USDA Animal and Plant Health Inspection Service sent this bulletin at 03/16/2017 11:15 AM EDT
The United States Department of Agriculture’s (USDA) Animal and Plant Health Inspection Service (APHIS) has confirmed a second case of highly pathogenic H7N9 avian influenza in a commercial breeder flock in Lincoln County, Tennessee. This H7N9 strain is of North American wild bird lineage and is the same strain of avian influenza that was previously confirmed in Tennessee. It is NOT the same as the China H7N9 virus that has impacted poultry and infected humans in Asia. The flock of 55,000 chickens is located in the Mississippi flyway, within three kilometers of the first Tennessee case. CLICK HERE TO READ FULL ARTICLE
Expert: Bird flu outbreak nation’s worst since 2015
A bird flu outbreak that has led officials to euthanize more than 200,000 animals in three Southern states already is the nation’s worst since 2015 and new cases are still popping up, an expert said Wednesday.
The disease was first confirmed in southern Tennessee earlier this month and has since been detected in northern Alabama and western Kentucky.
Mohamed El-Gazzar, DVM, MAM, PhD, DACPV
Assistant Professor and Poultry Extension Veterinarian, Department of Veterinary Preventive Medicine, College of Veterinary Medicine, The Ohio State University
It has been a little bit over 2 years since the beginning of the largest Highly Pathogenic Avian Influenza (HPAI) outbreak in North America (NA). The virus that caused such outbreak was genetically identified to be a mix between North American and Eurasian Avian Influenza (AI) viruses. Wild migratory birds are thought to play a prominent role in bringing that virus to NA. While the last case of commercial poultry from that outbreak was reported in late spring of 2015, AI continues to be a threat to the poultry population (commercial and noncommercial) in NA. The clearest evidence of that threat materialized in another HPAI outbreak in January of 2016 that affected the commercial poultry industry. Different from 2015 outbreak, the 2016 outbreak evolved from a purely NA virus. It also seems that the Eurasian virus did not disappear from NA; as it has been isolated from wild mallard ducks in two different occasions from two different locations (Alaska, August and Montana, December) in 2016.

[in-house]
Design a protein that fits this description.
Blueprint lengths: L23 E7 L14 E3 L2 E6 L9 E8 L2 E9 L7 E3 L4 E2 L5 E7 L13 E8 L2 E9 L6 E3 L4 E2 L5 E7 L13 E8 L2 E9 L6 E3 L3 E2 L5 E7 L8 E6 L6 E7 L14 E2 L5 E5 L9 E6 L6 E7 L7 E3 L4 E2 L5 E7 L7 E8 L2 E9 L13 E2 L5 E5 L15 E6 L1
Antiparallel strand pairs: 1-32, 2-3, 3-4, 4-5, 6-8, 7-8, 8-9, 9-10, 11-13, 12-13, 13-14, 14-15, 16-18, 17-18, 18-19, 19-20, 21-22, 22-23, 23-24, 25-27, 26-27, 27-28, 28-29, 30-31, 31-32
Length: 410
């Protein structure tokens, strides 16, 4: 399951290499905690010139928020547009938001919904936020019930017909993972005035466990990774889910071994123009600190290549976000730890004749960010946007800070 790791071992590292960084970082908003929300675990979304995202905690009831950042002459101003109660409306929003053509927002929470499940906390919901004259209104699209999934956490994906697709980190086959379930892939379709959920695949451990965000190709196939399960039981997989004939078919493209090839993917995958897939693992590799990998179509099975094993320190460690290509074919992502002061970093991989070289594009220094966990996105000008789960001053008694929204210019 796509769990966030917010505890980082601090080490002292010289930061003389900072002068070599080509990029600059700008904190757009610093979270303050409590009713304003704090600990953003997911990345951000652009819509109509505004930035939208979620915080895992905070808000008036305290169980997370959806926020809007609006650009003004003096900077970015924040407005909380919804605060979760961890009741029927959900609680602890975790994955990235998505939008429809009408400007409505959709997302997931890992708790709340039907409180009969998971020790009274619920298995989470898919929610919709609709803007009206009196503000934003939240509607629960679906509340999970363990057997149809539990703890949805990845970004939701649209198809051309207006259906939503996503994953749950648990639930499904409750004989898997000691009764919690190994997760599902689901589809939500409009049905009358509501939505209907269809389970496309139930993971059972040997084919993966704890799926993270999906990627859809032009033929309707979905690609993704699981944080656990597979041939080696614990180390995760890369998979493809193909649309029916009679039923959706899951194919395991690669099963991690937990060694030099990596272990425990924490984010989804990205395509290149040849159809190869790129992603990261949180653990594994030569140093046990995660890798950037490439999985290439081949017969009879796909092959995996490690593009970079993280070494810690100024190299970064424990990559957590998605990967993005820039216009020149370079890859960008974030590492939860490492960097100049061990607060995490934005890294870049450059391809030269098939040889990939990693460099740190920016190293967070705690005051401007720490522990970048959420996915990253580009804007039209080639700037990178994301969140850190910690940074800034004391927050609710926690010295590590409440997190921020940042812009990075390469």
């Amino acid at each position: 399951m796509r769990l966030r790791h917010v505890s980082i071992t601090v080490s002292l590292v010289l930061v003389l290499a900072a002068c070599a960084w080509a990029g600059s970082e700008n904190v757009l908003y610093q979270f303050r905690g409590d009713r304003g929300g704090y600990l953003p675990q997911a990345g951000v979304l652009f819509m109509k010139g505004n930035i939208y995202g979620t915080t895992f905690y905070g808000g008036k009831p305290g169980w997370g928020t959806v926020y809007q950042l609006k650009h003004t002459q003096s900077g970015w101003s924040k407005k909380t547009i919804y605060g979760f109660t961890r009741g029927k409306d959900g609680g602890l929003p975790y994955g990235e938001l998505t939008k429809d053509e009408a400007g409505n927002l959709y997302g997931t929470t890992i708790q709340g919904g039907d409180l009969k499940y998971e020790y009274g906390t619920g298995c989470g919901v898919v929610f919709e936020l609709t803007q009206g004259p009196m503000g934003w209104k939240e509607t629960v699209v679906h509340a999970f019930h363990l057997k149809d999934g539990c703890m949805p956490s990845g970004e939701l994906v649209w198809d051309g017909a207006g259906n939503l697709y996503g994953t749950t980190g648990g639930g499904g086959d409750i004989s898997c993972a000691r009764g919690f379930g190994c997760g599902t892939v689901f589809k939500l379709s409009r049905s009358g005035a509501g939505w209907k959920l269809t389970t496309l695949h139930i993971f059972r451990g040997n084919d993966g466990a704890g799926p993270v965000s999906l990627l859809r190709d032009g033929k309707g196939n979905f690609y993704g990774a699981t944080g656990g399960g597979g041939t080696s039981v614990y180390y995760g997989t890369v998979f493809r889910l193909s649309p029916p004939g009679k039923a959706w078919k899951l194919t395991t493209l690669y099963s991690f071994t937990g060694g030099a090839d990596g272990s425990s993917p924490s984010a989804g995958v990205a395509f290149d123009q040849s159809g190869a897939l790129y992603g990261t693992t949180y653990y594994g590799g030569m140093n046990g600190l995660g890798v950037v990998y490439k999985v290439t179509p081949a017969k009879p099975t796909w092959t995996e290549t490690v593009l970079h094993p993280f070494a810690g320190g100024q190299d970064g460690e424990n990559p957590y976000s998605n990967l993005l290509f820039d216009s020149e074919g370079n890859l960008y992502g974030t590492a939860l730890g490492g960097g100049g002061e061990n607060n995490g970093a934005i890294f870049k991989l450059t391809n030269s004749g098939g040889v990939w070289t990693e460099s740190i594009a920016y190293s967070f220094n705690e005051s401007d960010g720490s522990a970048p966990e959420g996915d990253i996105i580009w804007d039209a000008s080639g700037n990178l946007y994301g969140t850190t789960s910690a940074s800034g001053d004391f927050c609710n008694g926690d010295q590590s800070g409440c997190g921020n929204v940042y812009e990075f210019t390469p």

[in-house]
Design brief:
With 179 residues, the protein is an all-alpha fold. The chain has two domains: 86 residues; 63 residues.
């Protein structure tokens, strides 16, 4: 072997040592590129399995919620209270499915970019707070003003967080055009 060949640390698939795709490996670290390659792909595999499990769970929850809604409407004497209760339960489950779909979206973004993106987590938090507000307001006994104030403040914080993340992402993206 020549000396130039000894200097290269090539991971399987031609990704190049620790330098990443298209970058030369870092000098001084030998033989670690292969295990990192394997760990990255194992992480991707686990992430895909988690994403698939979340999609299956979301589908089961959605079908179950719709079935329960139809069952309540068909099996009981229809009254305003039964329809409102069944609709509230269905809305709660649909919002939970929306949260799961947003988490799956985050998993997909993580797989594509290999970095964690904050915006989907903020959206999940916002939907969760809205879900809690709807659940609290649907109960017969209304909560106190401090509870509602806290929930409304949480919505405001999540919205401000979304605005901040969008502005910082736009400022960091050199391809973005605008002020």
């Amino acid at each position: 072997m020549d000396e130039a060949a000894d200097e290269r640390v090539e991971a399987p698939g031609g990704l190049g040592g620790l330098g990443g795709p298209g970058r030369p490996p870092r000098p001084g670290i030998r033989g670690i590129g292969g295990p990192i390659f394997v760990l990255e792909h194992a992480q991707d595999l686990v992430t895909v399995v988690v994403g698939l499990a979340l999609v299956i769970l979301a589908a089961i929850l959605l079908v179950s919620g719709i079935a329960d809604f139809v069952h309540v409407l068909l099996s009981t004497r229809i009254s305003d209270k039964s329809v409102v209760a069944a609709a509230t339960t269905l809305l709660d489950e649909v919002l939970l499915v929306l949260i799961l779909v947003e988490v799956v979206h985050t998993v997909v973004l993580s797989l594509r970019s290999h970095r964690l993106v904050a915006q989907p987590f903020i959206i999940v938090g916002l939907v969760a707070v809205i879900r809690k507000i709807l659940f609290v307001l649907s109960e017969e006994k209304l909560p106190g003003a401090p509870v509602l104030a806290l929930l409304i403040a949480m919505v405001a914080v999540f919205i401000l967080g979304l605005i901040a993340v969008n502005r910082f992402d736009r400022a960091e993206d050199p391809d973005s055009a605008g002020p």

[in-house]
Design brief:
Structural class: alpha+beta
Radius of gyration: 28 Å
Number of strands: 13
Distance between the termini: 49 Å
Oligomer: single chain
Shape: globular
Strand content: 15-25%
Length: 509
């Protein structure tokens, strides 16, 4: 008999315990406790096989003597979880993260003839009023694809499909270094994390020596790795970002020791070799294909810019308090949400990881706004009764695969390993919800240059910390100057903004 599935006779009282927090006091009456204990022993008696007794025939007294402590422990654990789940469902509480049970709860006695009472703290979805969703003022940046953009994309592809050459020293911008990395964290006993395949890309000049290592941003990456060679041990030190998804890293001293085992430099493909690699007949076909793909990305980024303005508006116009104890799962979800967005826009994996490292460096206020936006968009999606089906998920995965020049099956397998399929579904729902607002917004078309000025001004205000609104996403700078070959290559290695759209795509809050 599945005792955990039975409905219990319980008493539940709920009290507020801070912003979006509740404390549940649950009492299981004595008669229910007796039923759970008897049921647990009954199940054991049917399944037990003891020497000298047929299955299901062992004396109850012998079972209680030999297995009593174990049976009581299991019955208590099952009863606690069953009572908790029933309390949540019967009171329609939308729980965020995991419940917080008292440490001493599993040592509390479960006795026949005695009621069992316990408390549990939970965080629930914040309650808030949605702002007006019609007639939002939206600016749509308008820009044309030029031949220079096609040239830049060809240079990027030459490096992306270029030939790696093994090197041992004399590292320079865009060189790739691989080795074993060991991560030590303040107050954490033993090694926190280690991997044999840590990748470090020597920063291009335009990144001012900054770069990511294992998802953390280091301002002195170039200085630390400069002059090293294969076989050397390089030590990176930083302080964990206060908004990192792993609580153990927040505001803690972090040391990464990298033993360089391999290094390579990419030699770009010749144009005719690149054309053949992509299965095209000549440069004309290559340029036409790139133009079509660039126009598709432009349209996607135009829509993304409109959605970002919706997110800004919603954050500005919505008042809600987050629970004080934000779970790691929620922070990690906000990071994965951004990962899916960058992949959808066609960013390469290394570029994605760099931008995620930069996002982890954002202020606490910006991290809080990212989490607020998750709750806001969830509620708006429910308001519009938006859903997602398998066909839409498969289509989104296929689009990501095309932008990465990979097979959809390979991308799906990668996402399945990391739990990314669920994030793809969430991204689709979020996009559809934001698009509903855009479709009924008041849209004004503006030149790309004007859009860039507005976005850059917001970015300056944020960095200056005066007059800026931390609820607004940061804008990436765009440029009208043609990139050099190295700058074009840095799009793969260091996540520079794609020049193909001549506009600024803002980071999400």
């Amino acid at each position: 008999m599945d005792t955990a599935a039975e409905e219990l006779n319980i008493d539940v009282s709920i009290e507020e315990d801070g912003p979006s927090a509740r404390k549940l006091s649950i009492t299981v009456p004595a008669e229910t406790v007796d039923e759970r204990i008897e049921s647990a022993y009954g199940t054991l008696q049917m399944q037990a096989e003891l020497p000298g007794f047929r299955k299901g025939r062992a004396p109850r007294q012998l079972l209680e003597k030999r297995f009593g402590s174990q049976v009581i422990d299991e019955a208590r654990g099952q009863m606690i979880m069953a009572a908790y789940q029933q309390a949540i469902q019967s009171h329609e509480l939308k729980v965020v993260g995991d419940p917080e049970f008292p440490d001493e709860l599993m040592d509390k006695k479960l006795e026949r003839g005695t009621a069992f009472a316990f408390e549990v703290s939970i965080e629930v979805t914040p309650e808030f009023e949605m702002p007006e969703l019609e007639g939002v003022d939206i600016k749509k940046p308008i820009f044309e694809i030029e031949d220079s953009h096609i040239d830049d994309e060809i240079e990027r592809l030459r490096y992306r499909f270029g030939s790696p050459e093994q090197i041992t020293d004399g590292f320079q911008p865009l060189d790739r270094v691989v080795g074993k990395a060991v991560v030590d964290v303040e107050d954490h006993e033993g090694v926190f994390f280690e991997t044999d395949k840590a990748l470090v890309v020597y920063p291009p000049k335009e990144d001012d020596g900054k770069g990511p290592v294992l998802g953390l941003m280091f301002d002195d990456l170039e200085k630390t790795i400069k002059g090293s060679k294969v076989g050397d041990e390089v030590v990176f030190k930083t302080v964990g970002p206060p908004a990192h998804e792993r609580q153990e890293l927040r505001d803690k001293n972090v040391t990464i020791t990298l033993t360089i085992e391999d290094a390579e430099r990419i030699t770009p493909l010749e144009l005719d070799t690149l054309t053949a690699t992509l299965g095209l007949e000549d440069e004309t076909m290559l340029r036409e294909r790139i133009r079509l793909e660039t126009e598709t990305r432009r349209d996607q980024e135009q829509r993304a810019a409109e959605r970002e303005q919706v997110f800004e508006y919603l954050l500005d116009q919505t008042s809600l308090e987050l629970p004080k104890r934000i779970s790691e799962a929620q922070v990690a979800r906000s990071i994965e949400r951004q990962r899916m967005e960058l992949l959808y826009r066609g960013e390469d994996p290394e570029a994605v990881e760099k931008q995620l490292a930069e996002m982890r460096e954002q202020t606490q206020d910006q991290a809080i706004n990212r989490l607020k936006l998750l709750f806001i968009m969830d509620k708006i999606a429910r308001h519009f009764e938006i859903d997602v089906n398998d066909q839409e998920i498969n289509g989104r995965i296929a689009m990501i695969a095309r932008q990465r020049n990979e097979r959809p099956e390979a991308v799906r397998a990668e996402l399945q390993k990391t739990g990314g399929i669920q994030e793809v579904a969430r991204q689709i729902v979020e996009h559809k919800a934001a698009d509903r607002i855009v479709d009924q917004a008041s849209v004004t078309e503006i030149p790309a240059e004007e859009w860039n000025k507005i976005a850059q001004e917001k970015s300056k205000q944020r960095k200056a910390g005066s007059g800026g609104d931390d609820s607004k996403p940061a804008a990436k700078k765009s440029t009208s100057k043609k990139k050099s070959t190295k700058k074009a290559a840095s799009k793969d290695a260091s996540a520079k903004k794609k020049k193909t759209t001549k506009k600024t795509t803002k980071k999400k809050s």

Click Here to Read the Full Article —> HPAI and Biosecurity 1-20-17-22o8w7a
USDA Animal and Plant Health Inspection Service sent this bulletin at 01/09/2017 06:18 PM EST
The United States Department of Agriculture’s (USDA) Animal and Plant Health Inspection Service (APHIS) has detected the presence of Eurasian/North American reassortant H5N2 avian influenza in a wild mallard duck in Fergus County, Montana. No illness or mortalities in domestic poultry in the U.S. have been detected.
Reuters – Saturday November 26th, 2016
190,000 ducks were destroyed at farms in the Netherlands in the first cull of avian flu sweeping across Northern Europe. The strain is predominantly the H5N8 highly pathogenic strain. Other countries affected include Denmark, Germany, Finland and Sweden.
The Veterinary Feed Directive OTC changes go into effect on January 1st, 2017. This has the potential to impact the Poultry Industry.
Over the past several years, the FDA has taken important steps toward fundamental change in how medically important antibiotics can be legally used in feed or water for food-producing animals. Now, the agency is moving to eliminate the use of such drugs for production purposes (i.e., growth promotion and feed efficiency) and bring their remaining therapeutic uses in feed and water under the supervision of licensed veterinarians – changes that are critical to ensure these drugs are used judiciously and only when appropriate for specific animal health purposes. The Veterinary Feed Directive (VFD) final rule is an important part of the agency’s overall strategy to ensure the judicious use of medically important antimicrobials in food-producing animals.
Click HERE to read the full FACT SHEET: Veterinary Feed Directive Final Rule and Next Steps from fda.gov
CLICK HERE for a good FAQ link from Texas A and M University.
CLICK HERE for the full FDA PDF on the Veterinary Feed Directive Compliance Guide
NOTE: The coccidiostat Amprolium added to starter feed is not considered “medically important” and will not fall under VFD unless used in combination with a VFD drug (source:TAMU Agrilife Extension)
Dr. Mo El-Gazzar, Poultry Extension Veterinarian
On January 15, 2016, the USDA announced that highly pathogenic avian influenza (HPAI) was found on a commercial turkey farm located in Dubois, Indiana. The case was confirmed on January 14. Click link below for full PDF
If your birds are suspected of having influenza, they will be tested at ODA’s Animal Disease Diagnostic Laboratory (ADDL).